Once upon a time there was Sparemint. A term used to collectively describe a group of RPM packages for FreeMiNT. RPM packages - for those that don’t know - are basically just software archives like a zip file with a bit of metadata built in. More importantly the system includes instructions and patches for compiling.
Sparemint isn’t gone since what was built still exists and all.. But the domain no longer points at a valid website and nobody really controls it or maintains it. Especially nobody steers it. Once upon a time Sparemint really was enough. These days however the picture of the Atari world is a little more complicated. You have coldfire based machines and those machines are simply not compatible with 68k machines (even though they’re pretty close). While you may be able to load FireTOS and through the miracles of emulation run all of the existing packages, you do it with a huge speed penalty. Several packages in sparemint contain 68030+ only code in them. The operating theory at the time was sound - no 68000 machine could have more than 4MB of memory and thus it was nonsensical to try to use the unix packages. Bash alone consumes 1MB of RAM. But these days the situation is far more complicated. With the MiST board, you can have an ST style machine with 14MB of RAM. With the MonSTer board many people are flying around with 12MB ST’s. These unix packages are no longer maniacal… Instead just a little crazy.
One thing that always annoyed me about sparemint is that the build dependencies aren’t well thought out or specified. Indeed I’m not sure RPM is really capable by itself of dealing with the limitations of static linking. You see on our platform all binaries have all library code linked in at compile time. What this means is say you build openssl. You then build wget, links, and a few other programs that link to openssl. Then you find there is some type of bug in openssl. On a system with dynamic libraries, you could simply rebuild the openssl library with the bugfixed version. As long as it maintains the same ABI, the linked programs would run utilizing the new code. Not with our system. I always felt it would be a good idea to improve sparemint to automatically rebuild dependent packages. Static linking doesn’t really harm us much then.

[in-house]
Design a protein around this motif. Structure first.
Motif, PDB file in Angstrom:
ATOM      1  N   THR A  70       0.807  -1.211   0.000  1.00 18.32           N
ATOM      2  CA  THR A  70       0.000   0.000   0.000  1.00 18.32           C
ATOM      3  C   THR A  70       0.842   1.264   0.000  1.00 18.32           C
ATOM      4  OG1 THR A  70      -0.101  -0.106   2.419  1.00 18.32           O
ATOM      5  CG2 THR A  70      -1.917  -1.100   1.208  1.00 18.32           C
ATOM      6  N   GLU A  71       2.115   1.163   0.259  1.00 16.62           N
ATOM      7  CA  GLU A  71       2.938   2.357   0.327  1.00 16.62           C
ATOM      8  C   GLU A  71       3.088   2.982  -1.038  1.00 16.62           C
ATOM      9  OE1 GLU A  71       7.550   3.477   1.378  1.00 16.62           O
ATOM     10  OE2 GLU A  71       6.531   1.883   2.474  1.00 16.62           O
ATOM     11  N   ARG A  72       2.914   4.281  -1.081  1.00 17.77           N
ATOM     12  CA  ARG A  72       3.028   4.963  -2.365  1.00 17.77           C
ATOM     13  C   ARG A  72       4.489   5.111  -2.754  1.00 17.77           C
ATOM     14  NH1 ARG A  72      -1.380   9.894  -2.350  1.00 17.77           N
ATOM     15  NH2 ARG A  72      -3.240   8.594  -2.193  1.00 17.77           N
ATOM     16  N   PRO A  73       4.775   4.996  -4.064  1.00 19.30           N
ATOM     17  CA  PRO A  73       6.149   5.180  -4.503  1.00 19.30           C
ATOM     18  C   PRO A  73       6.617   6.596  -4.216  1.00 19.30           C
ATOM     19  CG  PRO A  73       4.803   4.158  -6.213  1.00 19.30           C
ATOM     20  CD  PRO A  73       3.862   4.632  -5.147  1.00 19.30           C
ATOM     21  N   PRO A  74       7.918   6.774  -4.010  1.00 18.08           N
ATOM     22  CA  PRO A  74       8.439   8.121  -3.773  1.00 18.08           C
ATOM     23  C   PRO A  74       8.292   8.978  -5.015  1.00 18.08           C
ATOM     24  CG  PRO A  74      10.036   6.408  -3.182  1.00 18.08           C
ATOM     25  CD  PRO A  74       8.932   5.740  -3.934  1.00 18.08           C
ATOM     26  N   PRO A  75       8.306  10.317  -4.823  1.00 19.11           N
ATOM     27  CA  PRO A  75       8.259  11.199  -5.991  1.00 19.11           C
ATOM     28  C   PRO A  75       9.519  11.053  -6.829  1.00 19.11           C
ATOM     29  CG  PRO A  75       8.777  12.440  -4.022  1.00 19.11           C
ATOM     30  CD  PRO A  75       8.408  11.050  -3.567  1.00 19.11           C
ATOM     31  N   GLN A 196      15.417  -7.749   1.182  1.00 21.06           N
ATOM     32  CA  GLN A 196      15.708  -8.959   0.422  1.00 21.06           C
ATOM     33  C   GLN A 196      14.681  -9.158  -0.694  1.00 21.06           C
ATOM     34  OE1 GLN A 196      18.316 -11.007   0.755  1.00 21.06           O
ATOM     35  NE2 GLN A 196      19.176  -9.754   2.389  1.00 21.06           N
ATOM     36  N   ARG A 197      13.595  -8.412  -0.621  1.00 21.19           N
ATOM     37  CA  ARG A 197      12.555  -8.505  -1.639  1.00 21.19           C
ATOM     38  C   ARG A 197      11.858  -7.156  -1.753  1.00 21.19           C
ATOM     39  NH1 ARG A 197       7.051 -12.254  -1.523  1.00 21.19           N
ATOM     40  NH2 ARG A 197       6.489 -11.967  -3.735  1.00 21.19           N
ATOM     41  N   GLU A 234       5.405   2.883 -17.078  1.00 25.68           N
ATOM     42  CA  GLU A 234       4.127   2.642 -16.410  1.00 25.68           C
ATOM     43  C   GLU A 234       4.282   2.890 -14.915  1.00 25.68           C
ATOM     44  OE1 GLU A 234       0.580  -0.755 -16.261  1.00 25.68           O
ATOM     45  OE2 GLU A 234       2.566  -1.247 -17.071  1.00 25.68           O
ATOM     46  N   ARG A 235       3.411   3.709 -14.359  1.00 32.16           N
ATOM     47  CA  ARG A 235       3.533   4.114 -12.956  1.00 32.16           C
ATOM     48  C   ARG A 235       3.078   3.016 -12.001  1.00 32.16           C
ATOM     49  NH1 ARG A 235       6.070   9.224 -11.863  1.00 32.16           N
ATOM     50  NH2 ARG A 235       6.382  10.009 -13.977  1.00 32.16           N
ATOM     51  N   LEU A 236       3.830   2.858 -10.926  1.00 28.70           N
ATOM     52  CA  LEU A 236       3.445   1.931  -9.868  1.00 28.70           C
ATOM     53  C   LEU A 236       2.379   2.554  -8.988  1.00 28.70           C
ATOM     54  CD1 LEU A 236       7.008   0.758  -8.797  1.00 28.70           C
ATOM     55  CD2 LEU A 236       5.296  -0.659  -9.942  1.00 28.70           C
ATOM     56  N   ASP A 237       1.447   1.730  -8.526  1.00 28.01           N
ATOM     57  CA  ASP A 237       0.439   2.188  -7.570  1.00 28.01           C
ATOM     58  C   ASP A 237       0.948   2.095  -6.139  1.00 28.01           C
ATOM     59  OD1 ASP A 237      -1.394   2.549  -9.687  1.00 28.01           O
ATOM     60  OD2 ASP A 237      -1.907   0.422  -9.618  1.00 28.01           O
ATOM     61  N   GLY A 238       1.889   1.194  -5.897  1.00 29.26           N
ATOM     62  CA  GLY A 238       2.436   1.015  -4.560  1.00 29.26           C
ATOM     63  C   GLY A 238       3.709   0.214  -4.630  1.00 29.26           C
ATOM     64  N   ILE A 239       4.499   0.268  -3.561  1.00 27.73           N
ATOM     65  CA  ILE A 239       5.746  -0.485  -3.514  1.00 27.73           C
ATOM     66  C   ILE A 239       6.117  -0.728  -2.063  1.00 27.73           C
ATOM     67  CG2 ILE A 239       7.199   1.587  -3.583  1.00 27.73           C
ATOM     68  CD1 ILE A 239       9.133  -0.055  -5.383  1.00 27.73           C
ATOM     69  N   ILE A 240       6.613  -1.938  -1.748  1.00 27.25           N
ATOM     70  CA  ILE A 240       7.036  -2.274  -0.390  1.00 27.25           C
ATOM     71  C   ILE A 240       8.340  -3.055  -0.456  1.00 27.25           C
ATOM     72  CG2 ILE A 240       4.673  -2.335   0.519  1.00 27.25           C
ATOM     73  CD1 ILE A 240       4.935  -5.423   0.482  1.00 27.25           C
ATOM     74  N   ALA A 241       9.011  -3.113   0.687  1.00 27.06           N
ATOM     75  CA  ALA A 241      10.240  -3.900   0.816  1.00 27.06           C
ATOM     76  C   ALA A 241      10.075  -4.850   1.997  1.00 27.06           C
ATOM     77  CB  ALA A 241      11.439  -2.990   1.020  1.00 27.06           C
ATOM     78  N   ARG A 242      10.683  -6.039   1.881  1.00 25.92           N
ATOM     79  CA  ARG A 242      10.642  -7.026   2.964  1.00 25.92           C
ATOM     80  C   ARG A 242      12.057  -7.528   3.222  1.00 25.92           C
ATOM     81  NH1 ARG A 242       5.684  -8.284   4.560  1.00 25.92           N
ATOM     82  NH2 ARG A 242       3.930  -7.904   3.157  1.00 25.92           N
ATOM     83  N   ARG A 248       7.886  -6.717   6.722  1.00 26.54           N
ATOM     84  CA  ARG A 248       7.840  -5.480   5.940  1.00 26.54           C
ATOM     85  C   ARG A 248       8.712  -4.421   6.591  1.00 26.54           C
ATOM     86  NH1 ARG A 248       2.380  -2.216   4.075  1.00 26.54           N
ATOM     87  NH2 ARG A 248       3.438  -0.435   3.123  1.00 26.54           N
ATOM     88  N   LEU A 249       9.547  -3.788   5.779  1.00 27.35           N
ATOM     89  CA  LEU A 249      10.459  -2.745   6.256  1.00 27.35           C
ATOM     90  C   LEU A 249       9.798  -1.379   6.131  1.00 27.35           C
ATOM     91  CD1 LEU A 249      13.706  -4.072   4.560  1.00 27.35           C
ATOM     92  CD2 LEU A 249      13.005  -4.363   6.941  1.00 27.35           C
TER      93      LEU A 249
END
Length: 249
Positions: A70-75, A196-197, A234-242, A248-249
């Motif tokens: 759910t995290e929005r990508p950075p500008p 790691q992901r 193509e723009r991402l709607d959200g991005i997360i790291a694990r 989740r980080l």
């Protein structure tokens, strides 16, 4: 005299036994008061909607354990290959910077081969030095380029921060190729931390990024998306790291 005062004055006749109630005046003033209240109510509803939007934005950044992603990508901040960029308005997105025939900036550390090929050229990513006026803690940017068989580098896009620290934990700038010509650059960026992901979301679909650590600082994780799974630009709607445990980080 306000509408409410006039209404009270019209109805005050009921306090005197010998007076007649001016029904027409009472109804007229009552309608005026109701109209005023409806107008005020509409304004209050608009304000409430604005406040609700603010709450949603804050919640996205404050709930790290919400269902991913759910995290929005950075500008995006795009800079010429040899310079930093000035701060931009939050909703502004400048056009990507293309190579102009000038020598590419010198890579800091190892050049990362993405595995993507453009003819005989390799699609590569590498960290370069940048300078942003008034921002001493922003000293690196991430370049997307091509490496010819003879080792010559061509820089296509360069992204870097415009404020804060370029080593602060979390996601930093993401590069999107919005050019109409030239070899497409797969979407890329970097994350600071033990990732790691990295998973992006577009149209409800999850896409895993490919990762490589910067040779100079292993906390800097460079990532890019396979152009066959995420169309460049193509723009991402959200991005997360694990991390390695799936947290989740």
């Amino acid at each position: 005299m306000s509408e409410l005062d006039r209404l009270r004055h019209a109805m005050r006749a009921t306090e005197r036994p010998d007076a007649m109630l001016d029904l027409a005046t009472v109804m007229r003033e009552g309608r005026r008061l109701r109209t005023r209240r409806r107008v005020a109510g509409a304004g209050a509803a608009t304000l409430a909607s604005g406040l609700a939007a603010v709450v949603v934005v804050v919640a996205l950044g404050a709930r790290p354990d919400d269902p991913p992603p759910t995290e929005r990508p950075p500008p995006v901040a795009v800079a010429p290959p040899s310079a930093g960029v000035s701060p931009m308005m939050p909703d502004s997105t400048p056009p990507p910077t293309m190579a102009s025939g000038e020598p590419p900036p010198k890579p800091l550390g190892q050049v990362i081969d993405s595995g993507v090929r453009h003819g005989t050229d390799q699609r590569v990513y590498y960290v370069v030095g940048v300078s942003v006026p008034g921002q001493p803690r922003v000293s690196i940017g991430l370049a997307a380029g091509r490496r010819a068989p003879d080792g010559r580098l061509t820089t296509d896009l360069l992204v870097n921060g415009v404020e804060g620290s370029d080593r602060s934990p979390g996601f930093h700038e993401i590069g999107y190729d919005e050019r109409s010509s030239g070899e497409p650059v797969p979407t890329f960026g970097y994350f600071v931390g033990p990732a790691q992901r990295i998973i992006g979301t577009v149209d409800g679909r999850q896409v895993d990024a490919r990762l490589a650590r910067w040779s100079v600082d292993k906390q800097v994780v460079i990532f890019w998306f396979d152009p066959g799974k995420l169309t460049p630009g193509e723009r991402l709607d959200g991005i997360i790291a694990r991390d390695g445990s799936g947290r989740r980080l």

And so I bought rpmint.com and intend to build a new alternative to sparemint. Make no mistake, this will be almost exactly like Sparemint. I pretty much like Sparemint as it is, and I like RPM. The difference is that packages will get updated with new ports and new ways of doing things. I’m going to try to improve the init scripts a bit, perhaps with an optional monolithic compiled single startup application. I’ll have 3 different builds of each package, 68000, 68020-60 and coldfire. There will be a comprehensive website with package info and searching, as well as a simple community based approval system. Git will be the data backend when it makes sense. There will be a combination graphical and CLI update client to run on end user machines. There will be a build farm on the backend that automatically recompiles software as necessary.
That’s what it is. What it isn’t? It is not a complete MiNT system, like you would get after installing Linux. This is the unix software you would generally install on an ext2 partition. Typically command line, but not always. Basically none of the packages I will create will touch C:. Nothing to maintain the auto folder, nothing to install a new MiNT kernel, and nothing to install XaAES. The reason is that there are so many different systems and setups that I feel this is an almost scary moving target. Secondly that particular problem is nearly identical whether or not you want to use unix ports or whether you just want to boot into an AES and run GEM only apps. Perhaps some day we can get to that, but in all honesty the goals are already super ambitious and super vaporware.
Right now the domain is registered. The codebase for the website has been started. Since my Firebee is dead, I’ve managed to get an M5484LITE board running with FreeMiNT and this system will serve as the coldfire backend build system. I have two Aranym instances setup for the other two build systems. I have perhaps half of Sparemint updated and built for coldfire. These packages should rebuild with no changes for 68000 and 68020-60. There is much work to do, including defining a minimal bootstrap for a build system and establishing what interdependencies it has. Then establishing the library and operational dependencies between all the rest of the packages. Then rebuilding all the RPM’s to contain this dependency info. Then creating the automated systems to actually do this rebuilding. Then building up the website around all of this backend work. The very first product you will see is a whole lot of RPM packages. We’ll see how this all goes, but that’s the goal. Wish me luck!